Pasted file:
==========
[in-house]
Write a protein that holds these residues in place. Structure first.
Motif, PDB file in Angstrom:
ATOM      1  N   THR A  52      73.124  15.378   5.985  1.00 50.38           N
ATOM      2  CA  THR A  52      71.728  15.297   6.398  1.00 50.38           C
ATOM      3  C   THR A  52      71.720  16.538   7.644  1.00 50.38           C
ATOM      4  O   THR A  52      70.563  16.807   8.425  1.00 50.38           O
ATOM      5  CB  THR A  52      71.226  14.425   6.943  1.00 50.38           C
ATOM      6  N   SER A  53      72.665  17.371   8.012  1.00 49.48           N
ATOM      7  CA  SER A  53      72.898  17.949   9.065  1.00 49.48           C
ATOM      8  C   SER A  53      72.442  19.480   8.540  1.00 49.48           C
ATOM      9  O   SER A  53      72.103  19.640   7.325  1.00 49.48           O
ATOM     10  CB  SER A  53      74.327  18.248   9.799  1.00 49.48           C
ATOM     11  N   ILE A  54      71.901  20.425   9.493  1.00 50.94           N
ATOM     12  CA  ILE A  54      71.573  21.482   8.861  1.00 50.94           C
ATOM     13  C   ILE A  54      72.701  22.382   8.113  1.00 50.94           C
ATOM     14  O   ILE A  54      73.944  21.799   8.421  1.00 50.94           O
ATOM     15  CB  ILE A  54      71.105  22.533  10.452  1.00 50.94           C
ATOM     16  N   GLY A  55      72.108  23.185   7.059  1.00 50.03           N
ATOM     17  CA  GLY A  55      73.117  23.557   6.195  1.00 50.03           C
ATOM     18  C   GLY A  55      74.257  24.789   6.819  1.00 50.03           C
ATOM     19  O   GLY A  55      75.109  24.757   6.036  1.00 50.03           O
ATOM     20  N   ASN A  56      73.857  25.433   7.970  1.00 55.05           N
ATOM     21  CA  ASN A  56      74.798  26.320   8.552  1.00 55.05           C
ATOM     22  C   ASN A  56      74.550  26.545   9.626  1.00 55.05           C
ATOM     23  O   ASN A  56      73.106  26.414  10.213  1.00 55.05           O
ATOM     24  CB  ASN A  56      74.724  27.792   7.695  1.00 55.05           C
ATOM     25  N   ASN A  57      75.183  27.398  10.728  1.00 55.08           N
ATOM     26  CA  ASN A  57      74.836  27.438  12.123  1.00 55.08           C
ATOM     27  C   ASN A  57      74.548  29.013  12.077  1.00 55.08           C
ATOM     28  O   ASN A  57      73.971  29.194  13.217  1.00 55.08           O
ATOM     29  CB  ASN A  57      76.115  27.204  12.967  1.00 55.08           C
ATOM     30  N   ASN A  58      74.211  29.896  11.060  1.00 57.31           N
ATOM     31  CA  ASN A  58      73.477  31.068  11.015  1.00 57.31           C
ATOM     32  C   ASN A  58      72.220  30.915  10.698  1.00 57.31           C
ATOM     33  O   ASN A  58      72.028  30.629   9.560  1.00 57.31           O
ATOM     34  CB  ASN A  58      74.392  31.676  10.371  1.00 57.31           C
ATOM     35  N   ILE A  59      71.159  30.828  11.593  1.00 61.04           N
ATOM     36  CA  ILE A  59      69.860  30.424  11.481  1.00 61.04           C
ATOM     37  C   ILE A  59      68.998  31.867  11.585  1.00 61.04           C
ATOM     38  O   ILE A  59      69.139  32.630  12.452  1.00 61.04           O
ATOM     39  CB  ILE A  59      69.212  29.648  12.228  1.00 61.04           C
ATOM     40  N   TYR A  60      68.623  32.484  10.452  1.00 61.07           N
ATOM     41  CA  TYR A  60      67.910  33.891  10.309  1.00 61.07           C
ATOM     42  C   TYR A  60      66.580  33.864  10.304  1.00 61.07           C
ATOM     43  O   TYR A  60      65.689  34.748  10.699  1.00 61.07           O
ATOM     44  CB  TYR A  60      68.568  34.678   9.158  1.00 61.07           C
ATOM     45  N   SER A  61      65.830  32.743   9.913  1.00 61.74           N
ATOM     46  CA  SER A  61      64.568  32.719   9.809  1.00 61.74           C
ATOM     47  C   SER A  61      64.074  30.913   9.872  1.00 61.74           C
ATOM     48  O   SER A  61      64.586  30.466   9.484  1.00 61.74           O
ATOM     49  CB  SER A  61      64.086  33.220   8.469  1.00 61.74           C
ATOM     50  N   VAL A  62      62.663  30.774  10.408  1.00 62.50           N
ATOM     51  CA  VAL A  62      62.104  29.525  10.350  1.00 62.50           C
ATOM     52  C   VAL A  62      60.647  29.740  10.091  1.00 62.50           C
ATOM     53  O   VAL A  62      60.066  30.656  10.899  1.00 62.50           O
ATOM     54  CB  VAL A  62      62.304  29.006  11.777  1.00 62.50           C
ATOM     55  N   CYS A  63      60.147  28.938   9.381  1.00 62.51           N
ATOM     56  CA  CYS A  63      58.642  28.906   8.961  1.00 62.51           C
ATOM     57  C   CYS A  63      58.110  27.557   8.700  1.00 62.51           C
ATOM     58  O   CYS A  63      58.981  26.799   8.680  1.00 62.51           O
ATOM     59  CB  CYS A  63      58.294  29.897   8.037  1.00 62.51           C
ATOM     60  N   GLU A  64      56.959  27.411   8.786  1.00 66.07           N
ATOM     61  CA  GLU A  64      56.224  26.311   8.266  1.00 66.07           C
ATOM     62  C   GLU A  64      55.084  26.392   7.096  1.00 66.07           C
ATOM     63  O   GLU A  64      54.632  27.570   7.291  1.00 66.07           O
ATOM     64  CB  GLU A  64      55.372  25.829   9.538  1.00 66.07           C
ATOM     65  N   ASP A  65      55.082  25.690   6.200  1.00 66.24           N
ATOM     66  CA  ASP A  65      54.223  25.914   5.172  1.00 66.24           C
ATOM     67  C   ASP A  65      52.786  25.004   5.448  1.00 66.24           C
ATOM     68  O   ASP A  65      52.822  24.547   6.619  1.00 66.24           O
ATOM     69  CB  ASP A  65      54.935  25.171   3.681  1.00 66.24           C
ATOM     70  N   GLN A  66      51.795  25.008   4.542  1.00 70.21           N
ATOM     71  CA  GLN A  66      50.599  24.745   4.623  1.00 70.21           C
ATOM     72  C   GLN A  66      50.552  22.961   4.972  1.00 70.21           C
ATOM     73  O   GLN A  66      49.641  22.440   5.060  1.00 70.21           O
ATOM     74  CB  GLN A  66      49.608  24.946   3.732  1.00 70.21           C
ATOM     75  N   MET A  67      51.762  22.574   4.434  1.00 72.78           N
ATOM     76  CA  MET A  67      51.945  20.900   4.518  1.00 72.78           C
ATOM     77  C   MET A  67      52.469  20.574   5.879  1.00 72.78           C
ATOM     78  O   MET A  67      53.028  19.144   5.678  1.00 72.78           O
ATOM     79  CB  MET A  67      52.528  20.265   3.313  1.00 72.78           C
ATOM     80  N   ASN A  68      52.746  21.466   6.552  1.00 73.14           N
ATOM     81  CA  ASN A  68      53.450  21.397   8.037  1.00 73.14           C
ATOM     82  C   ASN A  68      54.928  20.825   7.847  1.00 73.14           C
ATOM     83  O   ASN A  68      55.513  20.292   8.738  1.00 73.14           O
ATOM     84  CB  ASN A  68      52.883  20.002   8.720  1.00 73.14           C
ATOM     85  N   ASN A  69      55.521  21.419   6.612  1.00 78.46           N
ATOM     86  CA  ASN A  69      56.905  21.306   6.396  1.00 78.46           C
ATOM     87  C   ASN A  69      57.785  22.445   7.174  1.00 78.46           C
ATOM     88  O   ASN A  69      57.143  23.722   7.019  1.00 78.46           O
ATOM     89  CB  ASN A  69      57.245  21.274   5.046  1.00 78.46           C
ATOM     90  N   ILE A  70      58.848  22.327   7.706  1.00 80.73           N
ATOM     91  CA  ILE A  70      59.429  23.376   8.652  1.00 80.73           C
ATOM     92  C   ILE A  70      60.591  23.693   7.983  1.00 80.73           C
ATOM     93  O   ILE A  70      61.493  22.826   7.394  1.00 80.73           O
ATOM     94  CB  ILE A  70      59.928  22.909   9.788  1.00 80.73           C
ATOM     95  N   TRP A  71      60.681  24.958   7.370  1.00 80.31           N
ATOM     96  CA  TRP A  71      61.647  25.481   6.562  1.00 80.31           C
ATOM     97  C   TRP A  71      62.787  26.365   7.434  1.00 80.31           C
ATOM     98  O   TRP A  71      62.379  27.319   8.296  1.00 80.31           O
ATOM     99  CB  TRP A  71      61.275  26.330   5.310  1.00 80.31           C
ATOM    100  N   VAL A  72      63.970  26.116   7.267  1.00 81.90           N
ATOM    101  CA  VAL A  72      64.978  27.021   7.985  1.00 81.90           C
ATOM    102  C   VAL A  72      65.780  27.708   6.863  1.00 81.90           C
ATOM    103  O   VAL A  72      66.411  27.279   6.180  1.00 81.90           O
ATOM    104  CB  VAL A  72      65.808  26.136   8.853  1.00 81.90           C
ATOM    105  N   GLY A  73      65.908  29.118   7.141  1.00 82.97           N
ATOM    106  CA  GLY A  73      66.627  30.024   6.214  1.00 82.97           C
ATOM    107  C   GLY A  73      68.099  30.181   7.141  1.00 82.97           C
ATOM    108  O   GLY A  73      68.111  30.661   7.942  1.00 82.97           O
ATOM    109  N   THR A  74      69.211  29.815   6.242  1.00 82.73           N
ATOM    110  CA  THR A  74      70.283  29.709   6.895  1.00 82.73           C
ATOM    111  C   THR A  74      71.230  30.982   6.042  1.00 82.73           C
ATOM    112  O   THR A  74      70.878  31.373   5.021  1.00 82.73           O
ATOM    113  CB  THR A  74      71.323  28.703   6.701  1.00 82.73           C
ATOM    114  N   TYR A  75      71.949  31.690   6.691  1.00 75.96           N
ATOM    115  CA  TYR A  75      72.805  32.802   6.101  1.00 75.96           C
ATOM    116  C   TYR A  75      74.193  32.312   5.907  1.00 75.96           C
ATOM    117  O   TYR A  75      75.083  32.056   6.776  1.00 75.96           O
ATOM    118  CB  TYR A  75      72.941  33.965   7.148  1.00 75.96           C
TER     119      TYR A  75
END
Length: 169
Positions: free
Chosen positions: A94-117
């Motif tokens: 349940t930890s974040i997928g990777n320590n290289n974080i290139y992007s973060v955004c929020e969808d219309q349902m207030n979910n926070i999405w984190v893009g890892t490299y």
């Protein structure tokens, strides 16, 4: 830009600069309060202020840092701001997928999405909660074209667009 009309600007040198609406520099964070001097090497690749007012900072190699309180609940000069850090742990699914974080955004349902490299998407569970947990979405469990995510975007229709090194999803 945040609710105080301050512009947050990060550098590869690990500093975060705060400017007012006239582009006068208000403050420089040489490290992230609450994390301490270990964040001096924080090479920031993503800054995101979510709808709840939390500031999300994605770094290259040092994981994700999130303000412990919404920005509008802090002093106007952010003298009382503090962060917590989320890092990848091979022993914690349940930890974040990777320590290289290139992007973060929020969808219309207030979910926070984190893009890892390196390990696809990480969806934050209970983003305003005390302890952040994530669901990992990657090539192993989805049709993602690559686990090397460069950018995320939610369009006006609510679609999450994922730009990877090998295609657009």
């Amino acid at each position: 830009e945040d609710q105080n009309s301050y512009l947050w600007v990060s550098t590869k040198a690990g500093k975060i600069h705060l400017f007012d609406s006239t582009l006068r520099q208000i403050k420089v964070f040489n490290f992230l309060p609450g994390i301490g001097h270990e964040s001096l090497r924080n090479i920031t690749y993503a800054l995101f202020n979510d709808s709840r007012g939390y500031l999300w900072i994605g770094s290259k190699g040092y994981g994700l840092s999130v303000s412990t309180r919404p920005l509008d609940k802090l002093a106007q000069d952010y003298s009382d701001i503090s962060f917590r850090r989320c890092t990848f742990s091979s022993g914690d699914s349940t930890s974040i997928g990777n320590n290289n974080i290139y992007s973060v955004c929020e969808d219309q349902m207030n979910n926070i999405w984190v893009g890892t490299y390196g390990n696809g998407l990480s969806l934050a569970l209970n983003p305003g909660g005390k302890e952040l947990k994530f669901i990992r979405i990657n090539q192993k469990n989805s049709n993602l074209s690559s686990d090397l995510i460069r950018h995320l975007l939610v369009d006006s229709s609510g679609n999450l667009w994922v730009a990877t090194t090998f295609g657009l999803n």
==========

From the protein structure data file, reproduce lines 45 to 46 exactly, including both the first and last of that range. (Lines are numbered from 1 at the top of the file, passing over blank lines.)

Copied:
ATOM     42  C   TYR A  60      66.580  33.864  10.304  1.00 61.07           C
ATOM     43  O   TYR A  60      65.689  34.748  10.699  1.00 61.07           O